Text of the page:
The Western Calendar says that New Year's is on January first, but that's no surprise and it's not very interesting. But the Chinese calendar is interesting!
The Chinese New Year changes every year. In 2006, the new year was on January 29th. In 2007, however, they will celebrate New Year's Day on February 18th!
It's determined by the second new moon in a winter solstice. The Chinese calendar is based entirely on the observations of the movement of the Sun, the Moon, and the Stars. It measures time, from short durations of minutes and hours, to the intervals of time measured in months, years, and centuries.
Most people know the Chinese calendar by its mascot. In 2006, it was the, 'Year of the Dog,' but in 2007, it will be the, 'Year of the Pig.' Their are twelve animal names, so by the calendar, the year names are re-cycled every twelve years.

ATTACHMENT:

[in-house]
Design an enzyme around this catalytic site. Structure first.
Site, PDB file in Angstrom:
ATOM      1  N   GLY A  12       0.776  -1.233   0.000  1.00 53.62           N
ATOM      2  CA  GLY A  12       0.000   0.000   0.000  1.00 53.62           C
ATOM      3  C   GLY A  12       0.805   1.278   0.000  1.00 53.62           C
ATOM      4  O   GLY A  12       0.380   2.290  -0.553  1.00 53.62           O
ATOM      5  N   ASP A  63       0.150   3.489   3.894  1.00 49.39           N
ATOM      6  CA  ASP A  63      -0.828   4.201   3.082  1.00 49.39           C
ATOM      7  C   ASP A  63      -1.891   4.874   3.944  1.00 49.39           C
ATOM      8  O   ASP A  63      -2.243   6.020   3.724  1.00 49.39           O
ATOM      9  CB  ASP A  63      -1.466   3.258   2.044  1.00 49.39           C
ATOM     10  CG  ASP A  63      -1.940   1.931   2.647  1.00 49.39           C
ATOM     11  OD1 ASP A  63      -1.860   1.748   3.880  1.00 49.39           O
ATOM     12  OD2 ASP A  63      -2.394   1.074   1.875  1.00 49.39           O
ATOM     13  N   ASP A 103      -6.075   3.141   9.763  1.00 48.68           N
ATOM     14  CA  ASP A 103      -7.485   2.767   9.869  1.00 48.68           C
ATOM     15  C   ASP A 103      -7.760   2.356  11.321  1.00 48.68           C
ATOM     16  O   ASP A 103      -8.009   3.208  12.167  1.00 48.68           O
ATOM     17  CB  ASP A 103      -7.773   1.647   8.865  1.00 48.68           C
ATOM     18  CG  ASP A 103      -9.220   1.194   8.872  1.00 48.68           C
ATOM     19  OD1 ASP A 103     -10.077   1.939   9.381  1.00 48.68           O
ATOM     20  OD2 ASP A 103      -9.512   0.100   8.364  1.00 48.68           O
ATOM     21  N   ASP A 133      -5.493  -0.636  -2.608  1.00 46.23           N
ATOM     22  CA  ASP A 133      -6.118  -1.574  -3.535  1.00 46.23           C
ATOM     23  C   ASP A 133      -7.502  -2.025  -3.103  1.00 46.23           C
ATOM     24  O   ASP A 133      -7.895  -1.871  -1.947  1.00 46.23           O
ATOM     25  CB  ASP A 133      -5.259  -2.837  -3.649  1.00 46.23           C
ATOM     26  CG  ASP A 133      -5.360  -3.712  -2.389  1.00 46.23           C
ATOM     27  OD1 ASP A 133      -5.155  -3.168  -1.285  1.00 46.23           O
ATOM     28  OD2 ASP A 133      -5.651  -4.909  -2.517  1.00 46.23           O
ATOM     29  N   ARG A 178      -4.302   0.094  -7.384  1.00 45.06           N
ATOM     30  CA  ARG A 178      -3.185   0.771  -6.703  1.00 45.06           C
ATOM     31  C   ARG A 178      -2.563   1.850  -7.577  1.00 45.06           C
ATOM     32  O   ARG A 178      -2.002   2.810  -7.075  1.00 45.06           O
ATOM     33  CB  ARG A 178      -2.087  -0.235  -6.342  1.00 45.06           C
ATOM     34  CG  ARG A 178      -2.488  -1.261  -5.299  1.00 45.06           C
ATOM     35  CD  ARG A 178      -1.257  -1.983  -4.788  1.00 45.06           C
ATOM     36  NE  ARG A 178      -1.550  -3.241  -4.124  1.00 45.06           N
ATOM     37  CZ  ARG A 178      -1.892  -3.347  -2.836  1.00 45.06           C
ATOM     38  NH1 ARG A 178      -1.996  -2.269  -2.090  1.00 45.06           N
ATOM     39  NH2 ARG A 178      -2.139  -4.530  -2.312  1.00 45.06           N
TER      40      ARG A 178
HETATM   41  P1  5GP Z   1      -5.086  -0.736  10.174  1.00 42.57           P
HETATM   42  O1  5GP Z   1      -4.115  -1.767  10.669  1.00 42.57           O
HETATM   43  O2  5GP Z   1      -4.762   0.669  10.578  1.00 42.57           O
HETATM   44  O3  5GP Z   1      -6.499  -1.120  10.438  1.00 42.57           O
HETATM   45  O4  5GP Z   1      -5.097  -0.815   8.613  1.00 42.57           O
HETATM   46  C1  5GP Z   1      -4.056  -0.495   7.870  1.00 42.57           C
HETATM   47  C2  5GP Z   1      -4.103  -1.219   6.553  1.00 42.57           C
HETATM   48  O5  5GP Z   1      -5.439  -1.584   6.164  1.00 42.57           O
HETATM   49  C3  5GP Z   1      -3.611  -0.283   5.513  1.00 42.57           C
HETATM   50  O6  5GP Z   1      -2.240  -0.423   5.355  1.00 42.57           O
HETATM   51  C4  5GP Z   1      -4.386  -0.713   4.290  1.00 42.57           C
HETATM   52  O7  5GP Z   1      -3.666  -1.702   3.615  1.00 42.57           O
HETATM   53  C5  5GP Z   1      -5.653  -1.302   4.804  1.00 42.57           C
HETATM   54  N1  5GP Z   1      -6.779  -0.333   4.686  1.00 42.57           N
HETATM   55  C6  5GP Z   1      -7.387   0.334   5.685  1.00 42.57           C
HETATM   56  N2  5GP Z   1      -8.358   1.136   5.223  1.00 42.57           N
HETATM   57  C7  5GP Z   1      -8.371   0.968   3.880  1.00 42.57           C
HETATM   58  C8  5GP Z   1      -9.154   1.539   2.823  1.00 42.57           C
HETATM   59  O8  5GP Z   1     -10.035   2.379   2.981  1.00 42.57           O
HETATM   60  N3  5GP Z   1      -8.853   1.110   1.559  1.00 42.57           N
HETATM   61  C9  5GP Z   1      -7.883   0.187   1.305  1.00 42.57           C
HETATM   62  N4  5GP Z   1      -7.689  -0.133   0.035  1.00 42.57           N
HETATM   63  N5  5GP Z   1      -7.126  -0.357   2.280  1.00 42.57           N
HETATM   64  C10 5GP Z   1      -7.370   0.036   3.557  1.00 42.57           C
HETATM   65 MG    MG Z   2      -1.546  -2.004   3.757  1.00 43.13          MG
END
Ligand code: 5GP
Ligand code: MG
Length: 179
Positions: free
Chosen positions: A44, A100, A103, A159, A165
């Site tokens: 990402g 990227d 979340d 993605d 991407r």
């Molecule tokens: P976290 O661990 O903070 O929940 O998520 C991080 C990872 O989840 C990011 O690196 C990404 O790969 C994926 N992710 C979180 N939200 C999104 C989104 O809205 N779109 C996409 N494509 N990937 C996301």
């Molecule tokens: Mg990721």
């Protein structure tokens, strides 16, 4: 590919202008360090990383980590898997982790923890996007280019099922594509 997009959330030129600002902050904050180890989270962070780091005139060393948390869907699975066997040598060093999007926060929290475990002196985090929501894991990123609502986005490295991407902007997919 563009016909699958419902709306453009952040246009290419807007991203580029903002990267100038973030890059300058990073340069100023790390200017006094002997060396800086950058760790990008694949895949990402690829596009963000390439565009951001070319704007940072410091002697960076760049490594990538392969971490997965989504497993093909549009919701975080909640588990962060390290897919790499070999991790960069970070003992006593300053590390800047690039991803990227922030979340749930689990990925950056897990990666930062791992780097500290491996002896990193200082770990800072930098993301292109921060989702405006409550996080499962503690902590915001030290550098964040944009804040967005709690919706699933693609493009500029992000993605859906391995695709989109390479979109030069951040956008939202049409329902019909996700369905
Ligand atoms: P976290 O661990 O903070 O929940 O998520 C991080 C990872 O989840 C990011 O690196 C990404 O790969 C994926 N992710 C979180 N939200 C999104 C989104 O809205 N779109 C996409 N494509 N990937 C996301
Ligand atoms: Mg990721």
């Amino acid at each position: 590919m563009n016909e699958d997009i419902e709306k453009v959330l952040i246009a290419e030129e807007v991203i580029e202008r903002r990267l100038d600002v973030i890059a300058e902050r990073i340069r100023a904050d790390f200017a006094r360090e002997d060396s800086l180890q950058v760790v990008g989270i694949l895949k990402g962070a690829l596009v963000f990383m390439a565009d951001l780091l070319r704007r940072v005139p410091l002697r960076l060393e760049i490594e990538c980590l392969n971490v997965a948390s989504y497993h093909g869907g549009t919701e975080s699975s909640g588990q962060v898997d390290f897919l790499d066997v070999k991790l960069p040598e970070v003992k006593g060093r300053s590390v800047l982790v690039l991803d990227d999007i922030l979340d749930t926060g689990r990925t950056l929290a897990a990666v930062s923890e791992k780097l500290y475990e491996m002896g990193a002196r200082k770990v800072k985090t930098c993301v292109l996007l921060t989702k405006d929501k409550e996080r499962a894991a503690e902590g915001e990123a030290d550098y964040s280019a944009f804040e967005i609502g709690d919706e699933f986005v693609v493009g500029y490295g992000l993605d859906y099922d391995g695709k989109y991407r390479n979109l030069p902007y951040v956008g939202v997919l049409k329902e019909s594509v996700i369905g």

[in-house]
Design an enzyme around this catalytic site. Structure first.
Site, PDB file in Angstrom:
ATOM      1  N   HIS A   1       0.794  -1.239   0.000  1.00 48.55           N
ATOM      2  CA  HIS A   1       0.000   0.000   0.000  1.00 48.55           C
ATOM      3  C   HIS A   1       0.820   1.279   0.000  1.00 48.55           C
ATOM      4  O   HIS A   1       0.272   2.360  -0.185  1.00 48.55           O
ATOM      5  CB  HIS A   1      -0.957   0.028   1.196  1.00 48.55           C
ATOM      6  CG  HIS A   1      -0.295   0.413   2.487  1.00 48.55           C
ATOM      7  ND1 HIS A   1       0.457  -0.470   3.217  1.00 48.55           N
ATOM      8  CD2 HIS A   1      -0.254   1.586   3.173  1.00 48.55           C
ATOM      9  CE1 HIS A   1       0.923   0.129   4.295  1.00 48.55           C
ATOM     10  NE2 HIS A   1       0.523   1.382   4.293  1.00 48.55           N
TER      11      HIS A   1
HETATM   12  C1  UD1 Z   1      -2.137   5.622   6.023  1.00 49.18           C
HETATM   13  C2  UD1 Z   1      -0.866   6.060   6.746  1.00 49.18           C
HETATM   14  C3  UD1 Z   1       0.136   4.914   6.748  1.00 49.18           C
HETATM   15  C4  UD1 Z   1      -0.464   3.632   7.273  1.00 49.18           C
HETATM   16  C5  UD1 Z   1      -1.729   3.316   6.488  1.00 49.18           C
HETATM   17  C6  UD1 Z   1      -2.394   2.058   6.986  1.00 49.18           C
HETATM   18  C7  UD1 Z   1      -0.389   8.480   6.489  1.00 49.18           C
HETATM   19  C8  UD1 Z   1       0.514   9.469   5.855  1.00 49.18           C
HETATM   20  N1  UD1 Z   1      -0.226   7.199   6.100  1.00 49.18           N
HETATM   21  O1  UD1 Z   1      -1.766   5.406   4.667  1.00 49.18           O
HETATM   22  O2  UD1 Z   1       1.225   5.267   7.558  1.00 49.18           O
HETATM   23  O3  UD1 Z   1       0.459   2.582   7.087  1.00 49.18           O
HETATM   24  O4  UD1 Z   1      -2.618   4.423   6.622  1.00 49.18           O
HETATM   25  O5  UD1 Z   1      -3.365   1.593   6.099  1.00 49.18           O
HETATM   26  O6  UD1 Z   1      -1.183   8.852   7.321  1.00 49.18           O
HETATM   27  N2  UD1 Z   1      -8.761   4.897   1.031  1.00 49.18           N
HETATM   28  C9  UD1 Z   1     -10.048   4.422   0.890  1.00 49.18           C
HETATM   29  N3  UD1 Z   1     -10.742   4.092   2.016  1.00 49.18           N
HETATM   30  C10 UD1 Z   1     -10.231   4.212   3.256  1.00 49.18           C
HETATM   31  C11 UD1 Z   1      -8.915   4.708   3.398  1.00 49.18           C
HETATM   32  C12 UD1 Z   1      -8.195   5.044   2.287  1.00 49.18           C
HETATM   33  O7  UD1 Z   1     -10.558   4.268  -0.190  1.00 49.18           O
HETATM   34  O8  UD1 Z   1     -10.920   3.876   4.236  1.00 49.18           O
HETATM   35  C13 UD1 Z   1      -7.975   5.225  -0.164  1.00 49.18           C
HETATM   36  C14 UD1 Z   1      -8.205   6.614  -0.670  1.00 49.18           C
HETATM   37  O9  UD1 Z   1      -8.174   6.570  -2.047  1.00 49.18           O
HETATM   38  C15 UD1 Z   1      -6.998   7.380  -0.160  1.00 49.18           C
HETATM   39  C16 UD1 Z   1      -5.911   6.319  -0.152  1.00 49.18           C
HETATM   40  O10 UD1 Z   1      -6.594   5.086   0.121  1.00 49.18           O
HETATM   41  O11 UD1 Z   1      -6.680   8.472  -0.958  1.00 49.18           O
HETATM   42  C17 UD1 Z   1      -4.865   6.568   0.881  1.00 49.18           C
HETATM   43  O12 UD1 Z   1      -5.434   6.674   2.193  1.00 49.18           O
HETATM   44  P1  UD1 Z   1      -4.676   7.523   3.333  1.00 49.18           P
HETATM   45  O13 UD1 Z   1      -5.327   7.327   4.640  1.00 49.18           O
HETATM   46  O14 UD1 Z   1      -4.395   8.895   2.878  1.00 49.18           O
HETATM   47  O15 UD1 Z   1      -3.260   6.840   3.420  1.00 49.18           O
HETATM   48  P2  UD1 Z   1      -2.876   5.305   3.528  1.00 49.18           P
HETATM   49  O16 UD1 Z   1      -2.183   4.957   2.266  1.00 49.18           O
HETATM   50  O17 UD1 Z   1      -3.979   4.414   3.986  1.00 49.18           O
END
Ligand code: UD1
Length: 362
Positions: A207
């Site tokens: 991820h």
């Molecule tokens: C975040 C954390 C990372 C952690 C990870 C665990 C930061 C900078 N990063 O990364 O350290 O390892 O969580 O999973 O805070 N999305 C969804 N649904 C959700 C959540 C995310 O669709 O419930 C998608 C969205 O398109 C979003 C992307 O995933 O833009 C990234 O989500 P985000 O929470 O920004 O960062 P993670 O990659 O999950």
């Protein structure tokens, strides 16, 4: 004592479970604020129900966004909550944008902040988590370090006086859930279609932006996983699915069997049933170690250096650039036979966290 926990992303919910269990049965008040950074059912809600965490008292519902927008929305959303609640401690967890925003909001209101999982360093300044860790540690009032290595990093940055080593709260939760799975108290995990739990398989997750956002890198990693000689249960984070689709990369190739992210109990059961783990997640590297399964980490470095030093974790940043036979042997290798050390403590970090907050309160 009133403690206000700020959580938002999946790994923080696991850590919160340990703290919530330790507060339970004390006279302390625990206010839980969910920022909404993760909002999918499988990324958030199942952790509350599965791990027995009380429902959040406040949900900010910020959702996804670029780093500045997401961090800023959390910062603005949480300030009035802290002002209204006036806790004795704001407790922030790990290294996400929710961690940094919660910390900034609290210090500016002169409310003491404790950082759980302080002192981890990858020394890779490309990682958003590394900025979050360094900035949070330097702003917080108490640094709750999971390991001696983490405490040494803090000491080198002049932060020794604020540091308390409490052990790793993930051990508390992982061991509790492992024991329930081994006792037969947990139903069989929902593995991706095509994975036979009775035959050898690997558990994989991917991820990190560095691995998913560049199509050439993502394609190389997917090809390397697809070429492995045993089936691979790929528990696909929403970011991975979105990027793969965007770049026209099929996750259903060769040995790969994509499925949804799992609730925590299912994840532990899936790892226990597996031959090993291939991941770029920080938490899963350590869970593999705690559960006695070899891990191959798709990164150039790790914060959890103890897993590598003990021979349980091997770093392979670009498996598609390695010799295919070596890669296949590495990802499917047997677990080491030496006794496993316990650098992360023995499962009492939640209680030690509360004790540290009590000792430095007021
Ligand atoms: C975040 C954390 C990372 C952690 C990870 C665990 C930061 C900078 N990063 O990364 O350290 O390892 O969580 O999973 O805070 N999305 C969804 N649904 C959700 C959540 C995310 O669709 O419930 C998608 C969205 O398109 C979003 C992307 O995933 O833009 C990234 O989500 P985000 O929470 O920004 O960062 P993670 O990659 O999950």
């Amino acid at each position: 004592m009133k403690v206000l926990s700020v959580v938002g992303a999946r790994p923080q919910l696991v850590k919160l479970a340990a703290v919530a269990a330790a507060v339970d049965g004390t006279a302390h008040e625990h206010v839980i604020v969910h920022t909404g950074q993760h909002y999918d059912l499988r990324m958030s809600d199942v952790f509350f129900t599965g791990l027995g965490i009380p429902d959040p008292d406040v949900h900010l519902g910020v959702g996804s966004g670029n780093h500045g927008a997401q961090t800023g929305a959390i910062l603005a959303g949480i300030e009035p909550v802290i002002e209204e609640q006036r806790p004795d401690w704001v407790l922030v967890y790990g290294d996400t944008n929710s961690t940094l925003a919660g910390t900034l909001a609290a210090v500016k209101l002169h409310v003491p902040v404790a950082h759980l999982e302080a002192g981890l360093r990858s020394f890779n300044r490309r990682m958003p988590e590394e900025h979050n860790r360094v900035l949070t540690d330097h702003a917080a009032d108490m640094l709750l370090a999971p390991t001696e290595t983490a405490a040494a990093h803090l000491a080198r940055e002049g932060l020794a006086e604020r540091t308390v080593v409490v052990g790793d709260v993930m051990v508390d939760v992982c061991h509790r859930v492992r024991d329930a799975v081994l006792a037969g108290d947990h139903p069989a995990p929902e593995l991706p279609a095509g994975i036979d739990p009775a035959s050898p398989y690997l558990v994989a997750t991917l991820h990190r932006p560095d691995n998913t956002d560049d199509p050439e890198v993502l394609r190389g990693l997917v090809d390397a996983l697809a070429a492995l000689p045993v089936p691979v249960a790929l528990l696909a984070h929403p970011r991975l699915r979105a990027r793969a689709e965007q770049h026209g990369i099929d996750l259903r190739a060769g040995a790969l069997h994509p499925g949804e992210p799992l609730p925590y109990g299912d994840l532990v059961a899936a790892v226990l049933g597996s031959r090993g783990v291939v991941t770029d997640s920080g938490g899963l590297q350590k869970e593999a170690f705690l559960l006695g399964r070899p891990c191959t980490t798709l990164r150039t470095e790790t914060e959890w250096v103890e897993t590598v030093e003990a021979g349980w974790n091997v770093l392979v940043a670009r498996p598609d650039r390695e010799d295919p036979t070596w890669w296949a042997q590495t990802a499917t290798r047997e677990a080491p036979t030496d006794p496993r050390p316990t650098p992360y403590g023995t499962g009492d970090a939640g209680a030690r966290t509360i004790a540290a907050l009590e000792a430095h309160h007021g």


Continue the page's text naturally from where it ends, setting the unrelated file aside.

Another way to name the Chinese calendar is by its formal name, the Stem-Branch. In that system, the years are named in a 60-year cycle.
There is also another way some people name the Chinese calendar. That is by its year number. By the Chinese calendar, in 2007, it will be Year 4703.
An interesting fact about the year 2006 is it was a leap year! Unlike the western calendar, where one extra day is added to February, one whole extra leap month is added in a Chinese leap year. That is pretty bizarre, but it's worked for centuries!
They decorate and celebrate for the new year, just like we do! Lining their doorway, they have a chun lian, which is written on a vertical strip of red paper in calligraphy. The message is a happy, hopeful, and uplifting couplet about the new year to come. They make posters and send New Year cards to families and friends. In China, they also have a big festival that involves the Chinese dragon and Chinese sky-writing.
*Maglina was here . . . but is now looking for more information about the animal of the years*